Subject Re: [IBO] How to optimize usage of TIB_DataPump?
Author Thomas Steinmaurer
Hi Jason,

see inline. Btw, I'm online on Skype, if you have time.

> Comments inserted below.
>> one correction inline ...
>>> I'm trying to get most out of the TIB_DataPump, in a scenario where I'm
>>> running in a 2PC transaction, purging data from a production into a log
>>> database. The data is a master (table: IBLM$OPERATIONLOG) / detail
>>> (table: IBLM$COLUMNLOG) relationship. What I'm currently using is (all
>>> is instantiated at run-time, as I'm in a command-line tool here):
>>> 1) Single, read-write distributed transaction in tiConcurrency mode
>>> across the two databases. All components etc. are attached to this
>>> transaction.
>>> 2) Source/Destination statement of TIB_DataPump are TIB_Cursor.
>>> 3) Transfer of the master records based on the following query:
>>> select * from iblm$operationlog order by id asc
>>> In context of this operation, I'm using TIB_DataPump events to save the
>>> start and end id of processed operation log records in variables for
>>> usage in 4). This way, and in combination with the tiConcurrency
>>> transaction, I can avoid querying detail records per processed master
>>> record, which results in a single detail query, instead of a bunch
>>> detail queries per master record.
>>> 4) Transfer the detail records based on the following query:
>>> select * from iblm$columnlog where operationlog_id between :start_id and
>>> :end_id order by id asc
>>> 5) Remove source database records via:
>>> delete from iblm$operationlog where id between :start_id and :end_id
>>> An ON DELETE cascade FK constraint takes care on removing detail records
>>> as well.
>>> 6) Do a COMMIT of the 2PC transaction
>>> I do see the following from the Trace API output:
>>> a)
>>> ( ID
>>> ( ? /* ID */
>>> , ? /* OPERATIONLOG_ID */
>>> , ? /* COLUMN_NAME */
>>> , ? /* OLD_VALUE */
>>> , ? /* NEW_VALUE */
>>> , ? /* OLD_VALUE_BLOB */
>>> , ? /* NEW_VALUE_BLOB */ )
>>> Is the RETURNING part something TIB_DataPump really needs? I basically
>>> don't need that I guess, especially as there can be BLOB columns
>>> involved as well. So, I need that as light-weight as possible. ;-)
> No, it doesn't need this and it should be suppressed to improve performance.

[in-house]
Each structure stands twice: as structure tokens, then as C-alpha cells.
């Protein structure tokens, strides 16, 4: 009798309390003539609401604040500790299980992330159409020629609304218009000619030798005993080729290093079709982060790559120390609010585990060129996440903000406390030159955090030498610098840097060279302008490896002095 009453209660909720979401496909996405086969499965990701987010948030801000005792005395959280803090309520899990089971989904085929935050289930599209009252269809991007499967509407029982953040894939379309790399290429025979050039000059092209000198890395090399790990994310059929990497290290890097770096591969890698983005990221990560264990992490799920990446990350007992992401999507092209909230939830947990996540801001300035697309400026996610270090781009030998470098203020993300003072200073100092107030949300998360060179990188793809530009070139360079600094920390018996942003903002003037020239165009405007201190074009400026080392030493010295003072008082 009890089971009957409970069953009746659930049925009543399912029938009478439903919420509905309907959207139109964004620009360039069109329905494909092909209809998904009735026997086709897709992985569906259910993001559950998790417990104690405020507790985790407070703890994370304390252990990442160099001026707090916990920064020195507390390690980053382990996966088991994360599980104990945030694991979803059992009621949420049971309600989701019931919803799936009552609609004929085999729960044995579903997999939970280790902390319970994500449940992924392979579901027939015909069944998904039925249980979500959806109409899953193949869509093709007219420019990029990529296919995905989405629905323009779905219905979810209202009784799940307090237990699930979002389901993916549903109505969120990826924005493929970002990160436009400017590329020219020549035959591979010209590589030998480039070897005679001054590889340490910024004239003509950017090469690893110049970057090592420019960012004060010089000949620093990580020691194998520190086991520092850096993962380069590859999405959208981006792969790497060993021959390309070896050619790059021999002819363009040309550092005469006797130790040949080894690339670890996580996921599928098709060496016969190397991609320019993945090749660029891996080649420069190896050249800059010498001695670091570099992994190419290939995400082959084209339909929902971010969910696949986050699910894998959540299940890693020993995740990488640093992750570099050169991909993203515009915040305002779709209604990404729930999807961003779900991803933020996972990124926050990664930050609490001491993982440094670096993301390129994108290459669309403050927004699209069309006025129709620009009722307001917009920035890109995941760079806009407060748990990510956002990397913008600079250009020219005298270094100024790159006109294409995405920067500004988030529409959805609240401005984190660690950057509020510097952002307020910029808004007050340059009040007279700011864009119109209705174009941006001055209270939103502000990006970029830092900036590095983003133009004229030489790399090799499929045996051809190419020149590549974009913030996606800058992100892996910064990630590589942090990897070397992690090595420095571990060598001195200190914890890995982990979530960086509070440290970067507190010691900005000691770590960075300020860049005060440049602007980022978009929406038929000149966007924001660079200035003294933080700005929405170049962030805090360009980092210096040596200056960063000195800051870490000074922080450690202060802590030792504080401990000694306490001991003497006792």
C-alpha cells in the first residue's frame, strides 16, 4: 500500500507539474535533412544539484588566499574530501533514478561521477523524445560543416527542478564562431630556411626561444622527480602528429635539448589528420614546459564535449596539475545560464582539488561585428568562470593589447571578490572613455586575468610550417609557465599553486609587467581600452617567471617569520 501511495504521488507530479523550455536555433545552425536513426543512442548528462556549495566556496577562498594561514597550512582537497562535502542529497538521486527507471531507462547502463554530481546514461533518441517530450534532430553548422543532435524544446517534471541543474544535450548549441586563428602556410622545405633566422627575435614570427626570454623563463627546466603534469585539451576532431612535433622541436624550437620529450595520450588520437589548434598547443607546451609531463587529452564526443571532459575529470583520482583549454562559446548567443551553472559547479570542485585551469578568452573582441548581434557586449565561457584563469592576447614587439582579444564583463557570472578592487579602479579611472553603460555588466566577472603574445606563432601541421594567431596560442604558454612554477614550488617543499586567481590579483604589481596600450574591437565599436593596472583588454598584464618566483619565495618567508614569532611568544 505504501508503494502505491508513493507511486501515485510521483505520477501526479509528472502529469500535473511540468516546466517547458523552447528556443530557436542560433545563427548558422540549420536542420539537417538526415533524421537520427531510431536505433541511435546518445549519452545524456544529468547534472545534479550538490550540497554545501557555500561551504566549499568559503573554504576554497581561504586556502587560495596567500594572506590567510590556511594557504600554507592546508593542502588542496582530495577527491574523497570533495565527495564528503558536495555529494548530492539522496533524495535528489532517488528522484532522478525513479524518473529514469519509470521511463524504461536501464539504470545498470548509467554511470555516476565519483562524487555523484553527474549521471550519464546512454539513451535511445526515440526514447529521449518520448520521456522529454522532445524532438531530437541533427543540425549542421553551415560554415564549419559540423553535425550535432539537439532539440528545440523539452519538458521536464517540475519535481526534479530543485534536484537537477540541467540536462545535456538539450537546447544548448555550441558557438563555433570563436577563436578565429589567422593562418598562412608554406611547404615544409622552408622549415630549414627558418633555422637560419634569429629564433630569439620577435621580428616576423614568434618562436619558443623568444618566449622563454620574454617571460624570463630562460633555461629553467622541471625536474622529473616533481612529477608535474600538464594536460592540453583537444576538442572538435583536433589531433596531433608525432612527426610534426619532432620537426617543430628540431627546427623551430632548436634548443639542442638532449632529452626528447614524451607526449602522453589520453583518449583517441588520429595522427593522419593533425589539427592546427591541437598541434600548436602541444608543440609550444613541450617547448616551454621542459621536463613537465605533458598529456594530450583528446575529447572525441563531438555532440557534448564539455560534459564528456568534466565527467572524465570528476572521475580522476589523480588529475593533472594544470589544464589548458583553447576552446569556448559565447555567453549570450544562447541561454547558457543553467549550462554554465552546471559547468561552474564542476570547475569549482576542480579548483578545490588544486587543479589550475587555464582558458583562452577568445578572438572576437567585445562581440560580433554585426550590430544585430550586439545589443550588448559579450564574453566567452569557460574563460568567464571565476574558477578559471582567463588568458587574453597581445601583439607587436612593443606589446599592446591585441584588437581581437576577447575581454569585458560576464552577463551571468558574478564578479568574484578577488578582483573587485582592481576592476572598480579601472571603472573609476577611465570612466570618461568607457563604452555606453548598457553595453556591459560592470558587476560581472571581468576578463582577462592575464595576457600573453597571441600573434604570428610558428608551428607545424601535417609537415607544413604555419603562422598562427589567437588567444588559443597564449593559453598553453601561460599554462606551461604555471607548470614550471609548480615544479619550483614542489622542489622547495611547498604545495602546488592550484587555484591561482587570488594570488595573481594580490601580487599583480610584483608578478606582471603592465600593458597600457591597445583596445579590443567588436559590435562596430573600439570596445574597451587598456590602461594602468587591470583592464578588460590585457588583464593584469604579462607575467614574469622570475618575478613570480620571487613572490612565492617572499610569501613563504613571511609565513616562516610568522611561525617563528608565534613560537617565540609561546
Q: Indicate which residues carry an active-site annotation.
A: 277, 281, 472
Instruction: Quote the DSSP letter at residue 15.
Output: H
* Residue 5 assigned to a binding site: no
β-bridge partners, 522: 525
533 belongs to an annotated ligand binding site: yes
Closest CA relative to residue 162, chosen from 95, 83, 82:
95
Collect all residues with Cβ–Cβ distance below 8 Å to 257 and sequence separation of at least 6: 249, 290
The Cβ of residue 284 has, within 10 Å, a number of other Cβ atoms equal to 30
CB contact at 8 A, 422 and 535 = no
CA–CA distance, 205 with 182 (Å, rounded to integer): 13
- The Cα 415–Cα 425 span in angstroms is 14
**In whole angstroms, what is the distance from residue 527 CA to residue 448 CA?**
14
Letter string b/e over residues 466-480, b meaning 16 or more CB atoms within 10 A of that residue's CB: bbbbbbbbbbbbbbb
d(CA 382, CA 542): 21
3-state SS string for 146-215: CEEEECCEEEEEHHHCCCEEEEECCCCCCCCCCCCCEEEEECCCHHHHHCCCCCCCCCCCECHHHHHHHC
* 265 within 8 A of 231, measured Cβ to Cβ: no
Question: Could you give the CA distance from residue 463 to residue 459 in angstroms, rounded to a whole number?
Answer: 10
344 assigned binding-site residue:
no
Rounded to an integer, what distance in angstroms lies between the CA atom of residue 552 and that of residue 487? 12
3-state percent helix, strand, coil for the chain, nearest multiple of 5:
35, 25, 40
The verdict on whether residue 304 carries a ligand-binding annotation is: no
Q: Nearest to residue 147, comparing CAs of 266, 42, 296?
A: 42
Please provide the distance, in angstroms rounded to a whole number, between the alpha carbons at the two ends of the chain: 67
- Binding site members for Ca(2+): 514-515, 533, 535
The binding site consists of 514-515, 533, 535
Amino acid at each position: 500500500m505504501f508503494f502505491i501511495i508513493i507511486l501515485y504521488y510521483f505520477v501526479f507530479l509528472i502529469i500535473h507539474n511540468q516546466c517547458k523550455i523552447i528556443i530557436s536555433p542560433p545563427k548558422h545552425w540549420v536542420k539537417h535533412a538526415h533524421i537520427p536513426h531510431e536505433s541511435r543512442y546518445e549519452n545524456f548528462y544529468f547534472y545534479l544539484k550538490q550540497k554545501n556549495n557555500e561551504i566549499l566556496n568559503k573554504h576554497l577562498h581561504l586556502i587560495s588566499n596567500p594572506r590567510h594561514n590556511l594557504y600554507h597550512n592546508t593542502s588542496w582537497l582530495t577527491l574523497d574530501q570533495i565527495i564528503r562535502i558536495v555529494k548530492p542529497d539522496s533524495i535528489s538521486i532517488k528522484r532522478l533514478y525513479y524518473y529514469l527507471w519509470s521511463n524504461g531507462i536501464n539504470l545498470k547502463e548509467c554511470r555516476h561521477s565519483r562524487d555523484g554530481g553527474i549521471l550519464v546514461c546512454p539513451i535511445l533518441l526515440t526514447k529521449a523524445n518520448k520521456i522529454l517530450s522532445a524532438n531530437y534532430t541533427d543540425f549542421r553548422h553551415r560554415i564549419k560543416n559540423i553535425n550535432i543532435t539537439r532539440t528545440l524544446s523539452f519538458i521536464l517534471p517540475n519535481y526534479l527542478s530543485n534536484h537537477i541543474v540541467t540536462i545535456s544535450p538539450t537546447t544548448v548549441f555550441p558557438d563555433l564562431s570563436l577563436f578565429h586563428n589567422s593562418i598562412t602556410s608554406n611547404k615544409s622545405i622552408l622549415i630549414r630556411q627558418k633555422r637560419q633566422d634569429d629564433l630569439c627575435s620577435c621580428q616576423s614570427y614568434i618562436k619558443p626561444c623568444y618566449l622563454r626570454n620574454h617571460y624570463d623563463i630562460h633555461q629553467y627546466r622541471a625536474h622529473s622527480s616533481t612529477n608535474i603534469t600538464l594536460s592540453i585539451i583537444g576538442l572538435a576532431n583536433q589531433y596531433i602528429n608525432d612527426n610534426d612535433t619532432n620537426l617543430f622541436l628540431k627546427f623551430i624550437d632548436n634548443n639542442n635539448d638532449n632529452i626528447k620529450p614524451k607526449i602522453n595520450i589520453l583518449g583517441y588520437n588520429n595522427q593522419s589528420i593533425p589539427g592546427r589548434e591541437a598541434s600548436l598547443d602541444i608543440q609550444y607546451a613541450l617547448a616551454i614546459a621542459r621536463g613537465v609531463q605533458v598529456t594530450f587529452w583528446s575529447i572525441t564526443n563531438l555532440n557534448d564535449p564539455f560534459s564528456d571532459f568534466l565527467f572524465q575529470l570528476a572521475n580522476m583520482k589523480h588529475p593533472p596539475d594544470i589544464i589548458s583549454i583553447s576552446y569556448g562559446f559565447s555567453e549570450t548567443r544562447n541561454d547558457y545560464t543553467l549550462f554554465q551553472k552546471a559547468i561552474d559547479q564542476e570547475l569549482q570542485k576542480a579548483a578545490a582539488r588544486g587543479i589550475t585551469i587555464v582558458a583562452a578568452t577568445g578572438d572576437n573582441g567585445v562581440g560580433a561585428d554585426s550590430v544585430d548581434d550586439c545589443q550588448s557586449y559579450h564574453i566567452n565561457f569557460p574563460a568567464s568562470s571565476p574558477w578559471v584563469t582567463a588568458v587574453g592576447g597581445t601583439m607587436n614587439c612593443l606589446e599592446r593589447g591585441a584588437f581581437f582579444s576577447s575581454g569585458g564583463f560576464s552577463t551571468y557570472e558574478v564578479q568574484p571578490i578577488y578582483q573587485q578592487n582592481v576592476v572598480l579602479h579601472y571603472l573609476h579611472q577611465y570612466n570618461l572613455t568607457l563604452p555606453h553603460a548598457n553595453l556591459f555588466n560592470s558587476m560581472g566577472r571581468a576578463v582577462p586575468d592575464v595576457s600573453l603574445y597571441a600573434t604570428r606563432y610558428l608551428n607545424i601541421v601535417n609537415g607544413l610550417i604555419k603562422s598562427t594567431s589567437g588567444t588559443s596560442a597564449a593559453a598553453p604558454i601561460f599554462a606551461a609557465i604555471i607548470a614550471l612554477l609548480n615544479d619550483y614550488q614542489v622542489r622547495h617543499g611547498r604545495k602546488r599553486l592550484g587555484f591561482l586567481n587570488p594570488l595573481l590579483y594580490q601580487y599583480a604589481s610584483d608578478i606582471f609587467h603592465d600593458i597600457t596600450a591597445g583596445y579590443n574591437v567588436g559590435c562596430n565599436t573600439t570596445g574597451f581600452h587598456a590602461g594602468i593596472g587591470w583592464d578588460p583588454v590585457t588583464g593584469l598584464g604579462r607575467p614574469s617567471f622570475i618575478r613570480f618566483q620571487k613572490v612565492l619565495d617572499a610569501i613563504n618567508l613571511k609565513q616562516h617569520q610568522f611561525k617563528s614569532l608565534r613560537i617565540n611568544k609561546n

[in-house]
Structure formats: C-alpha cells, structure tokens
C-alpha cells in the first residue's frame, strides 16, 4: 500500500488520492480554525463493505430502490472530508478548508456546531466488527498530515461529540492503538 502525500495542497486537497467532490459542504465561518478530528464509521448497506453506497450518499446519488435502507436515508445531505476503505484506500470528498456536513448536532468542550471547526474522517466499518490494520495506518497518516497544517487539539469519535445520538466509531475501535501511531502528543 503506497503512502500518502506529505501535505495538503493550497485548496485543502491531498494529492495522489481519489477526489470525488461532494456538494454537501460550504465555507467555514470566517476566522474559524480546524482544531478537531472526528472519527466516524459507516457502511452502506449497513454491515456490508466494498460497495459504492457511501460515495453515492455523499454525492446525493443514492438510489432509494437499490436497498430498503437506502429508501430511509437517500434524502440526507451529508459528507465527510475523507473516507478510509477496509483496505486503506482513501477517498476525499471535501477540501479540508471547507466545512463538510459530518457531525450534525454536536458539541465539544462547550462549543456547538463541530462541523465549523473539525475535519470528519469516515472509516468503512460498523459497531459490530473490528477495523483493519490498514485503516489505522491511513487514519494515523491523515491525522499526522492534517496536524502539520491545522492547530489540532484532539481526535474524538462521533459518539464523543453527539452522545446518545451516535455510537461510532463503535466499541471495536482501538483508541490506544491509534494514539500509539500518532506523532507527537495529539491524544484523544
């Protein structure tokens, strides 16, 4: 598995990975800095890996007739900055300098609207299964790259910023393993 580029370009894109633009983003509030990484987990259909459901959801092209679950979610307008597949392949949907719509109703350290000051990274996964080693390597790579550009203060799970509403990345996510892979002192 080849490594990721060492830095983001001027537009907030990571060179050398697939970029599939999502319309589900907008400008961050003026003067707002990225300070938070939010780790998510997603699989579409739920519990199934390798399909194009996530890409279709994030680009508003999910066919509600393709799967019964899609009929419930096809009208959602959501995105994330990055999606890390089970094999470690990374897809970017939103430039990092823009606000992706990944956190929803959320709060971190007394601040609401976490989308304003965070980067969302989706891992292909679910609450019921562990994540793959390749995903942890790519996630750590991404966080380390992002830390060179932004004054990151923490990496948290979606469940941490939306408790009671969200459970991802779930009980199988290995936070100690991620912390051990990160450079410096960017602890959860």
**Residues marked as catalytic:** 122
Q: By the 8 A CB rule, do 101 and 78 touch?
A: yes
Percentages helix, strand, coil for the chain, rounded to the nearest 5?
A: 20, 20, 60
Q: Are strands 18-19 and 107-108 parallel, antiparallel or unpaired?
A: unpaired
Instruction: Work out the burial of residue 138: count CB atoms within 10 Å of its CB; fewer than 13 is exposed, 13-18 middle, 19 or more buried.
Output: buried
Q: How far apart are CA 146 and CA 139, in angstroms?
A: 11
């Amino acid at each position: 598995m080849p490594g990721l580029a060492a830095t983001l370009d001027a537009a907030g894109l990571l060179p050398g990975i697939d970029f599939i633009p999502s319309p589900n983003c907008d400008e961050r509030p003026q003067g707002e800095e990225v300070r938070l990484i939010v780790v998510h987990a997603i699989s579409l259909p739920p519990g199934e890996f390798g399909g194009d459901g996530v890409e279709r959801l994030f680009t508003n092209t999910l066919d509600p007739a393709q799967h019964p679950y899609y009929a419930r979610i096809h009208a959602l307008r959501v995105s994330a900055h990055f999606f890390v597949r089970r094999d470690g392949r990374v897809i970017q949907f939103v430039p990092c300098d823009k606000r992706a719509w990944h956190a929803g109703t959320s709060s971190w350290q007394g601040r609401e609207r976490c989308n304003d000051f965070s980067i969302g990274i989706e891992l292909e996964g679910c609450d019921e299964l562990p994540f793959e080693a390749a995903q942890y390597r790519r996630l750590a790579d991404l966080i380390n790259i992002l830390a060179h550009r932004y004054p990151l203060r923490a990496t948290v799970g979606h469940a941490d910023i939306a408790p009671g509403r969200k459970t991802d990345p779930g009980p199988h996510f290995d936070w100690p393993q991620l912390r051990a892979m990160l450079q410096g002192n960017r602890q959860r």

A wild guess is that the RETURNING clause is added, because I feed the
destination statement with:

select * from ... where 0 = 1


>>> b)
>>> I also see re-occuring execution of the detail records SELECT statement
>>> with the same statement handle and transaction id:
>>> select * from IBLM$COLUMNLOG
>>> where operationlog_id between ? /* olid_start */ and ? /* olid_end */
>>> Not sure, if I'm doing something wrong here, or if this is a sign that
>>> IBO is fetching additional records from the TIB_Cursor result set?
> Perhaps you can get a callstack on this in order to see what it is up to?

That's my issue here. I have to transfer data of a master/detail
relationship in my datapump scenario. The detail/child records are moved
in the DoAfterExecuteItem event handler of the master TIB_Datapump instance.

Perhaps there is a more efficient way to handle master/detail data when
transferring with TIB_DataPump?

>> Re-executing this statement comes straight from my logic and makes
>> perfect sense. Sorry.
>>> Perhaps a FetchAll before executing the pump makes sense?
> No, not when you are using TIB_Cursor as the source.
>>> * Do you see any improvements in the usage of TIB_DataPump here?
>>> * How would you implement an incremental commit thingy? As everything is
>>> bound to the single transaction, even the SELECT statements, I guess I
>>> have to call CommitRetaining, because a hard COMMIT would close my
>>> SELECT cursors as well?
> Yes, a hard commit would close your cursors.
> This might be the best way to take things in bite-sized chunks anyway.
> You do all the records you want for the batch and then commit hard and then
> reopen the cursors and start from where you last left off and so on.

I have been thinking for a while now, but I'm not sure if the trade-off
of re-opening the cursors is larger, especially when working with a
largish master source table, which is queried via:

select * from ... order by pk_field

Assume I have a commit interval of 1000, this leads to
re-executing/opening the ordered result set on the largish master table
(millions of records) every 1000 transferred records.

Perhaps the usage of commit retaining for the commit interval isn't that
evil in that scenario, but the included RETURNING clause is?